As part of the criminally slept-on Southern duo UGK, Pimp C has gained a large following among Southern rap enthusiasts. His high-pitched and in-your-face flow has always been the perfect contrast to Bun-B’s equally menacing, but more laid back Southern growl. In the movie “Goodfellas” one would think Pimp C could play hot-headed Tommy DeVito and Bun-B would assume the role of Jimmy Conway, you wouldn’t want to mess with either but you’d figure Jimmy would at least think before he finished you off. Pimp C’s attitude on the mic has also been displayed in real life as he is currently locked up for assault with a deadly weapon. It is under these condition’s that his solo debut is released, the album packaging even has the words “Free Pimp C” written on it. It’s sad to say that Pimp C could actually benefit from being locked up, Biggie said “You’re nobody â€˜til somebody kills you” and Jadakiss said “dead rappers get better promotion,” the same could be said about rappers who get locked up. It seems the minute the hip-hop community finds out one of their own has been locked up fans come out of the woodwork and supporters suddenly start pledging their faithfulness. X-Raided has built an entire career on being locked up, C-Murder is gaining similar cult status, Tony Yayo had a legion of fans wearing his shirts, and Shyne seemed to get more press behind bars than he ever did free. With “The Sweet James Jones Stories” Pimp C takes advantage of this hype, delivering an album that will surely please long-time fans and show the newcomers that Pimp C is just not another rapper behind bars.
The lead single “Hogg in the Game” invokes the spirit of UGK’s earlier work with pounding synths reminiscent of tracks like “Break â€˜Em Off” and “Playaz From the South.” Pimp C’s “Fuck You” attitude shines on the opening verse:
“I’m a pig in the streets, I’m a slug in the game
Putting D on the corner, heavy as fuck was my name
They call me Sweet James, keep cocaine
Doing 90 in the benz, switching lane to lane
I’m a candy man, hot like flame
Your jewelry look funny that ain’t no Byzantine chain
Take that monkey watch off you a bitch to me
You can use my style but you goin to pay me a fee
Cuz ain’t shit for free, I’m on a poppin spree
Rap-A-Lot mafia life ain’t no stopping me
Call me Tony Montana cuz I’m letting em hang
When you see me recognize I’m a hogg in the game”
On paper it doesn’t look like much, but it’s Pimp C’s style that puts him a step ahead in the game. “Swang Down/ 10 A Key” is a combo song as the smooth singing in “Swang Down” is replaced by the pounding Texas funk of “10 A Key” halfway through the four minute track. Rather than an attempt at something new, this odd combination may well be a result of Rap-A-Lot having to work with limited material for the album. “Comin’ Up” is a dope track as it features Houston natives Lil’ Flip and Z-Ro contributing verses over a bass-heavy track, both come through and shine. Twista shows up with Bun-B for what might be the most laid back track on the album, “I’sa Playa.” The deep bass on this track is contrasted by soft flutes and an almost indistinguishable vocal sample in the background. It’s an interesting combination that works well. All emcees are at the top of the game, though Pimp C sounds more like the Pimp C of 10 years ago because of his vocal tone. It very well could be that the track features re-hashed vocals, but the vocals used are just as good as any other Pimp C verse.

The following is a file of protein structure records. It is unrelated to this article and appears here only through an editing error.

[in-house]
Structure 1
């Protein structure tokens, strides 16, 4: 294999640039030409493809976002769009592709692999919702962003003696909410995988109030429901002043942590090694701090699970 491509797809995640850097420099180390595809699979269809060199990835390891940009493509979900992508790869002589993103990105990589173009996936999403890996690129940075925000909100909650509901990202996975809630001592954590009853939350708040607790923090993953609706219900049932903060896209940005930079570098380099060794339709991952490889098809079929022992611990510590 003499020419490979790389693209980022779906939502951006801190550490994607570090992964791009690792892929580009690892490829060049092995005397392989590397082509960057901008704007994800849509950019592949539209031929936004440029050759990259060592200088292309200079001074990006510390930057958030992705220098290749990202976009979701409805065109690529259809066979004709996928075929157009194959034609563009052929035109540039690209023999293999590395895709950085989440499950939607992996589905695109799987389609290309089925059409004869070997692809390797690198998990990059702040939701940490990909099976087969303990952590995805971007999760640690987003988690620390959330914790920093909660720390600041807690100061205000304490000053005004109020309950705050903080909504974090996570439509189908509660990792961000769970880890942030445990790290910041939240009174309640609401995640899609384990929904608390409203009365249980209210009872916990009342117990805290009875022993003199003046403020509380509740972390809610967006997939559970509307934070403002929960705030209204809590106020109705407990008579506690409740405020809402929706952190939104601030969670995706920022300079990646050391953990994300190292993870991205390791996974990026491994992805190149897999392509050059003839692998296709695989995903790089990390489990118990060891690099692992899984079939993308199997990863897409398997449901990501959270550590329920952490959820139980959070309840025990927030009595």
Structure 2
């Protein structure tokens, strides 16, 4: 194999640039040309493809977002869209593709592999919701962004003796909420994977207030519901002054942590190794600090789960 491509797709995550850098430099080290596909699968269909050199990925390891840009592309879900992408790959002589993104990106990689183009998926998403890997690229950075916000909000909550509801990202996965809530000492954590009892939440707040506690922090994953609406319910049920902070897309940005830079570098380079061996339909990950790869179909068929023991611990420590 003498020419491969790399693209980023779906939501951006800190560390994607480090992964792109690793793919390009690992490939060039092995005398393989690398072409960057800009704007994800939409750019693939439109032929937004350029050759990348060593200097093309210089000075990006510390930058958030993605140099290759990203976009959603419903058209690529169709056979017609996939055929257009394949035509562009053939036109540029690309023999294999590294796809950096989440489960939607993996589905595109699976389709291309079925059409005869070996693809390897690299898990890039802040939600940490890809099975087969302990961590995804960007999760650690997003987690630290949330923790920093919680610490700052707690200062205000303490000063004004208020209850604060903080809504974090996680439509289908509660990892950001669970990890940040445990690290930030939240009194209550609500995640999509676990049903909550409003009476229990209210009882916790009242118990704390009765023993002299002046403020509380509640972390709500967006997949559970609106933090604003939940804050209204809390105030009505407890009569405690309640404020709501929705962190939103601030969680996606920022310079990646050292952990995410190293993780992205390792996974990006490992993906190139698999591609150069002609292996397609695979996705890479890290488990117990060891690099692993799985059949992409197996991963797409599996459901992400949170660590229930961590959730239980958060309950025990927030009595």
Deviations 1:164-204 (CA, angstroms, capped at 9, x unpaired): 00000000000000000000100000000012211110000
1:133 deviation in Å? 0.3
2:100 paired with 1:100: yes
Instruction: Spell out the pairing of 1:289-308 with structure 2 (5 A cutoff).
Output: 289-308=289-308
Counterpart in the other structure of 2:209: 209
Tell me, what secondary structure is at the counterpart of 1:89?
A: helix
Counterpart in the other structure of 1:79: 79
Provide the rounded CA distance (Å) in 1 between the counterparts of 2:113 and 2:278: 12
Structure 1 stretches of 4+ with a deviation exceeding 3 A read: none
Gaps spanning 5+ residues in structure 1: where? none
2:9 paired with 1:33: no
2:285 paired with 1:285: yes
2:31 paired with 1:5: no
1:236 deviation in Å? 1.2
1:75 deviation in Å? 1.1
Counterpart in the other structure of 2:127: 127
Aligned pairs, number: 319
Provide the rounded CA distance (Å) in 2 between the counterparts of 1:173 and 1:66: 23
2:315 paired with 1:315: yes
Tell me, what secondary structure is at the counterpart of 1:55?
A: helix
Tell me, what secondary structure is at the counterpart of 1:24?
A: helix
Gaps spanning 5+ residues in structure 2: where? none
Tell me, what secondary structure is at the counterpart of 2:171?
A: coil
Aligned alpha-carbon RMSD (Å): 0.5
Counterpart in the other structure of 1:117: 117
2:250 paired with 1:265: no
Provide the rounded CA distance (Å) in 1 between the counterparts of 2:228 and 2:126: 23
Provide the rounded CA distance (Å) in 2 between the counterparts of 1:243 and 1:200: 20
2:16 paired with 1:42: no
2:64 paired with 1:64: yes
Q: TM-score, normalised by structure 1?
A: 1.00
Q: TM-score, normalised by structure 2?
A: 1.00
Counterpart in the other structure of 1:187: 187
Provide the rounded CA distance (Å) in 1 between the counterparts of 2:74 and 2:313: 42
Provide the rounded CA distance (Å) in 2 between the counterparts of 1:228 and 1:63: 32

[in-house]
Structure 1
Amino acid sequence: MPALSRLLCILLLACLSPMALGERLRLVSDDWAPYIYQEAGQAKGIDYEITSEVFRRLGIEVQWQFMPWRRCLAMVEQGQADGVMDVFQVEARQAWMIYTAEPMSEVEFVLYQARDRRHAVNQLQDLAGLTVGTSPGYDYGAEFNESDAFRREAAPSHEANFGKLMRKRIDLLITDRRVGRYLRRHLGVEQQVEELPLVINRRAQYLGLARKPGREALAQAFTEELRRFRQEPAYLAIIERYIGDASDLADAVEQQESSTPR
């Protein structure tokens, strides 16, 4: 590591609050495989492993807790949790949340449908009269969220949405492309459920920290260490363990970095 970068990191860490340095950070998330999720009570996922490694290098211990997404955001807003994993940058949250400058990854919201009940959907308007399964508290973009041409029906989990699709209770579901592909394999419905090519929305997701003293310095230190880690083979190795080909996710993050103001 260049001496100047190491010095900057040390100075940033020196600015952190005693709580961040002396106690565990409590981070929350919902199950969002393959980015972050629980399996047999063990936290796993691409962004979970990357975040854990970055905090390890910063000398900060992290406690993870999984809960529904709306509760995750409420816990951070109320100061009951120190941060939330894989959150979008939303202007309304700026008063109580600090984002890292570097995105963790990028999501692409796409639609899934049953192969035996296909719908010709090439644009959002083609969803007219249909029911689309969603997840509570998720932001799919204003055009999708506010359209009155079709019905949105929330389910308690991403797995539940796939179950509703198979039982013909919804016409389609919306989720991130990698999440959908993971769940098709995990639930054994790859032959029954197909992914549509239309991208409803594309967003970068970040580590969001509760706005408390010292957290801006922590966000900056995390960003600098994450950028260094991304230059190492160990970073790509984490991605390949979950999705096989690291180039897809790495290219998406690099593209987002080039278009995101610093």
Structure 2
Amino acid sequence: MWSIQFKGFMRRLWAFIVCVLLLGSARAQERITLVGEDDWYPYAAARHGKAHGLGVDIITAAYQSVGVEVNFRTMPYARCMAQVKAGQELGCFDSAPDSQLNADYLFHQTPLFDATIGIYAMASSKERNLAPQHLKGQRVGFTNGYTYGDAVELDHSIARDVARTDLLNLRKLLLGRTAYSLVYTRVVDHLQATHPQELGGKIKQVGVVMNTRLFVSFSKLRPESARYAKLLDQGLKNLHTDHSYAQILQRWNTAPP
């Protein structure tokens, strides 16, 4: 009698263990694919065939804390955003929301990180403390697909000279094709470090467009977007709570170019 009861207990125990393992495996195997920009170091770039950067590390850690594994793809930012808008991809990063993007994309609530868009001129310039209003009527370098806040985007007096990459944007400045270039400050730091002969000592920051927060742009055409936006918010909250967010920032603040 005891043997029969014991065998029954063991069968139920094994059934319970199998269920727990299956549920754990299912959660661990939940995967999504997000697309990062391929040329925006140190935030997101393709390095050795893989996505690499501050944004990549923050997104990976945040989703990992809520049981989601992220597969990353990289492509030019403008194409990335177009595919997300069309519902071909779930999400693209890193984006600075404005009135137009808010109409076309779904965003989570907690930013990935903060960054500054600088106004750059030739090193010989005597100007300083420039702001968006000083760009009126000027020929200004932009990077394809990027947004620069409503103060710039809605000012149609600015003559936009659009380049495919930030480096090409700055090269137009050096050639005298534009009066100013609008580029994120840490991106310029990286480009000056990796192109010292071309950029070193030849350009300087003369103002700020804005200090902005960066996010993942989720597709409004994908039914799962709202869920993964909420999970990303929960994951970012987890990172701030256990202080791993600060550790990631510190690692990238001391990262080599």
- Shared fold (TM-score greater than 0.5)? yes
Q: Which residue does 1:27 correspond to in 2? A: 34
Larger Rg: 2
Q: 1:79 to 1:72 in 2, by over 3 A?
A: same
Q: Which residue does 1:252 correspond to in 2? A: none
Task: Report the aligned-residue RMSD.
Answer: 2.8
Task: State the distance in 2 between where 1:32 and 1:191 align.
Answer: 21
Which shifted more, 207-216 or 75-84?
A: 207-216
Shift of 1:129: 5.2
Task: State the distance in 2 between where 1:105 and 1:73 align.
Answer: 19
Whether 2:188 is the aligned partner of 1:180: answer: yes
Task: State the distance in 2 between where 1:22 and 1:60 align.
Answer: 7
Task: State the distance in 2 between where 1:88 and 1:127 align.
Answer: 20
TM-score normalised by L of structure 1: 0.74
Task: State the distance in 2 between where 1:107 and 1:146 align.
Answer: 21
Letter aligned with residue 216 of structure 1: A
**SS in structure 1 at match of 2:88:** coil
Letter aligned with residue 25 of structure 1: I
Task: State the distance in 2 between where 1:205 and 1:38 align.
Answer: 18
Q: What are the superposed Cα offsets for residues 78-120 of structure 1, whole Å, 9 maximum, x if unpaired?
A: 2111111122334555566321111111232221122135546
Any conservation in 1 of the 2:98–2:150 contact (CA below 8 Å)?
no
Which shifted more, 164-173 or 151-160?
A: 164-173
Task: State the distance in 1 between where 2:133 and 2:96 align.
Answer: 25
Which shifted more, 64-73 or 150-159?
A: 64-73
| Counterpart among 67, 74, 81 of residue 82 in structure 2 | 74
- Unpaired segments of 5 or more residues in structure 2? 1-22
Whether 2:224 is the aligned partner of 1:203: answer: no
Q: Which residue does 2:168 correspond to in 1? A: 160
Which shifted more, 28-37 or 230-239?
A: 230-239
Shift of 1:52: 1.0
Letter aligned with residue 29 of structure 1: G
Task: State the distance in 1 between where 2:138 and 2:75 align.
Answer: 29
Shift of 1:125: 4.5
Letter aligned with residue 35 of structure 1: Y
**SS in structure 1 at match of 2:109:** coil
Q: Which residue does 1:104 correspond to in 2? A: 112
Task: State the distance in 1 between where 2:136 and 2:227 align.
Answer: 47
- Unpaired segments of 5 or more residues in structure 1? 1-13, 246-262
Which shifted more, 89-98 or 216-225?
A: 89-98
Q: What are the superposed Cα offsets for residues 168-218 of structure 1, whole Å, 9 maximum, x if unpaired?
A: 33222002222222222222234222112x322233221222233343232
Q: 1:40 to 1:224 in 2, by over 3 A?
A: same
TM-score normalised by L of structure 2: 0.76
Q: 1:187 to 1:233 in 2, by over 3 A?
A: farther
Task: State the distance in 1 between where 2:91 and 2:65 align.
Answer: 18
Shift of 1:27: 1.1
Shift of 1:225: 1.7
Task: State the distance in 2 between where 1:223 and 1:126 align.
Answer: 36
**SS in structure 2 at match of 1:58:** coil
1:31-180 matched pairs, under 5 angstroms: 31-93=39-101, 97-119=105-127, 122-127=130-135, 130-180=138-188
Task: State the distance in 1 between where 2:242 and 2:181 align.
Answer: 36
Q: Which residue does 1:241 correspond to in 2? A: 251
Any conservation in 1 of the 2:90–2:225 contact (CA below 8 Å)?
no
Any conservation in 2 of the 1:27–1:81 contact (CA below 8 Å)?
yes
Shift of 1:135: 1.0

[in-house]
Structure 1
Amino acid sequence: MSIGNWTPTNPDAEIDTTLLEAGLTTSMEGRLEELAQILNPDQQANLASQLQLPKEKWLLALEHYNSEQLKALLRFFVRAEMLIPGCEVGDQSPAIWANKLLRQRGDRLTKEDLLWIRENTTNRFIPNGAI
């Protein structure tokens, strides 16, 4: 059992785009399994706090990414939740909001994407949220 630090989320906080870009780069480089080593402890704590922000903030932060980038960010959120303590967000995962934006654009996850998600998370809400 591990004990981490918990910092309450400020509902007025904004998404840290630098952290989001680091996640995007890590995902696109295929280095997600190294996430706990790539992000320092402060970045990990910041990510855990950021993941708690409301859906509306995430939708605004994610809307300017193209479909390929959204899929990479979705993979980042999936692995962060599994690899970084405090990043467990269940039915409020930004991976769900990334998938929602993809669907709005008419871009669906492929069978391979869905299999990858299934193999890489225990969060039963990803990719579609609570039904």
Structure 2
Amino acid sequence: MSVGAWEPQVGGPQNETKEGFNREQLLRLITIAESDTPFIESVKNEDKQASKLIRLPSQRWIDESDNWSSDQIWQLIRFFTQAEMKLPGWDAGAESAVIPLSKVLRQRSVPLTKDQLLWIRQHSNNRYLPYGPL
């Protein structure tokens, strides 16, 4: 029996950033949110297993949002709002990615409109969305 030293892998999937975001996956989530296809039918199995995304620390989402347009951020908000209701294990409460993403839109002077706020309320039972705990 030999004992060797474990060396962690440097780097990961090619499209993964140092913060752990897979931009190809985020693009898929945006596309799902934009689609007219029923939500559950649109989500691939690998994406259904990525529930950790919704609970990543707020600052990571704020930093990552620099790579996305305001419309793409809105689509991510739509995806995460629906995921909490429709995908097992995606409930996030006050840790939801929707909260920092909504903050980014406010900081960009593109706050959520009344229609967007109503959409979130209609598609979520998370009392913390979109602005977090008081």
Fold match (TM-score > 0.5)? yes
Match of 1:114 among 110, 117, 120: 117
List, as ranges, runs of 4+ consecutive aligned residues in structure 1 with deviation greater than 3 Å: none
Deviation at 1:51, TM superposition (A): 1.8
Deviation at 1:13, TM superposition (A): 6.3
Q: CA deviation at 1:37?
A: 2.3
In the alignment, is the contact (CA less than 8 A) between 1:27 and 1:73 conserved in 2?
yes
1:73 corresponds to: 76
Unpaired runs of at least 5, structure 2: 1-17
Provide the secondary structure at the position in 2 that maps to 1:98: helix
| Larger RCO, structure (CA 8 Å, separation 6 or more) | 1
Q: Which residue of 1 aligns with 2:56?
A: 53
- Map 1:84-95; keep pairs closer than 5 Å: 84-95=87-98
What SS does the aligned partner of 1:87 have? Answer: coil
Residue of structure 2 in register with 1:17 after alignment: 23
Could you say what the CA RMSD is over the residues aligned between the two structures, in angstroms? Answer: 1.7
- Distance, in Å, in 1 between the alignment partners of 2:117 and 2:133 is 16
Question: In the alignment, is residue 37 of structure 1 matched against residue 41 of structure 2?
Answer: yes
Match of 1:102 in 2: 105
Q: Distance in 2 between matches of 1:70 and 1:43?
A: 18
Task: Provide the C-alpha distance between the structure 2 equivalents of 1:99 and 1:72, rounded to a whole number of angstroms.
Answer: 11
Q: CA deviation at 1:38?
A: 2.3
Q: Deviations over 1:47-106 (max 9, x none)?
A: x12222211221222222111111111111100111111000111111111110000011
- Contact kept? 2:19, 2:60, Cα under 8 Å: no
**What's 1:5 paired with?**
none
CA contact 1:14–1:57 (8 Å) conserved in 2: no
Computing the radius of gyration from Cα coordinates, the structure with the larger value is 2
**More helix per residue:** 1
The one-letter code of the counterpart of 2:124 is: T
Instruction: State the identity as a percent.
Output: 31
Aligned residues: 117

“I Know You Strapped” is another synth-heavy track that features a Project Pat sample for the hook. The driving beat is perfect for Pimp C to spit his gangsta rhymes. Pimp C flips things a bit on “I Gotta Thang” where he addresses addictions of all kinds, from sex to over the counter drugs. “Slow Down” has one of the album’s best beats, the simple piano track is complemented by a well placed and well used vocal sample. Lyrically, Pimp C spits knowledge on the rap game and life in general giving the younger generation some good advice. “Get My Money” is a good track but it could be much better if not for the fact that it clocks in at only two minutes forty-seven seconds and about a minute of that time is taken by someone babbling incoherent “pimp” talk. The blaring horns on “Young Prostitute” make you forget the minor mishap on “Get My Money,” and though the track sounds like it could have a social message, Pimp C is at his pimping best on this track. “Everytime” follows the pimping trend with a smooth beat and Pimp C almost whispering over the track. Devin The Dude’s hook only adds to the smoothness of this track. The album ends on a strong note with “Angel” and “Young Ghetto Stars.” “Angel” finds Pimp C taking a break from his usual content and showing genuine love to the ladies in his life. “Young Ghetto Stars” reunites Z-Ro and Pimp C on a thumping track where the two describe the lavish lifestyle they lead.
“The Sweet James Jones Stories” delivers exactly what it promises, nothing less, nothing more. If you’re not familiar with Pimp C or UGK, his name alone should give you an idea of what you’re in for; stories about pimping, drug-dealing, and the lifestyle of a rap star. The content is gangsta in every degree and Pimp C takes his pimping persona very seriously. Though his subject matter is nothing new, Pimp C delivers his rhyme in such a way that begs to be listened. The music on his CD is equally pleasing as the pounding bass and smooth funk reflect what Texas and Pimp C are all about. There isn’t one bad song on the 14 track effort as all are signature UGK tracks in every way. Pimp C comes through on his solo debut and shows fans that whether as a group or as solo artists, UGK is still one of the illest groups out of Texas.